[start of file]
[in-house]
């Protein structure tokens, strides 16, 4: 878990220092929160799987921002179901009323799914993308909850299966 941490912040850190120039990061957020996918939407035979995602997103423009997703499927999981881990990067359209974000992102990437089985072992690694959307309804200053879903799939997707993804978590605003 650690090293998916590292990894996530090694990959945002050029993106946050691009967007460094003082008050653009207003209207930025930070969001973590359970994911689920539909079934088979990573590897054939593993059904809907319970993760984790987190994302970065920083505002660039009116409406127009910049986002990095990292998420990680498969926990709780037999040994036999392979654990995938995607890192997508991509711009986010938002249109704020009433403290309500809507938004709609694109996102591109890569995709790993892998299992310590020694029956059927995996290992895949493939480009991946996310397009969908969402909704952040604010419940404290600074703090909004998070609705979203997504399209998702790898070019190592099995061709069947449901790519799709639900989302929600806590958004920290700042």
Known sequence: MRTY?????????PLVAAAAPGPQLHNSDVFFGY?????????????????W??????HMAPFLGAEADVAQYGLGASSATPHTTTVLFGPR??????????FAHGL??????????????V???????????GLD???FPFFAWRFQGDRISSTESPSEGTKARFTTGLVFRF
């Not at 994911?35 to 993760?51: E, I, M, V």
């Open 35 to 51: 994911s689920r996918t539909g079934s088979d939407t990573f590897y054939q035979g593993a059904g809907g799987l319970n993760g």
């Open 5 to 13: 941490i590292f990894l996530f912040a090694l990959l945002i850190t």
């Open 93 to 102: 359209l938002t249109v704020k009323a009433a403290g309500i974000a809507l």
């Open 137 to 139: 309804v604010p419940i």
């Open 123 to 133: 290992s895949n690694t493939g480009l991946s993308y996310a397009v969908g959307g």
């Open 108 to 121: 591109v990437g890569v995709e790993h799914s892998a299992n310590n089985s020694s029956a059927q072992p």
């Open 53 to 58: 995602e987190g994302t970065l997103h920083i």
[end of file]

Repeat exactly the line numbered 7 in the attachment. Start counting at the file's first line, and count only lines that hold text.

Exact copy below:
């Open 93 to 102: 359209l938002t249109v704020k009323a009433a403290g309500i974000a809507l």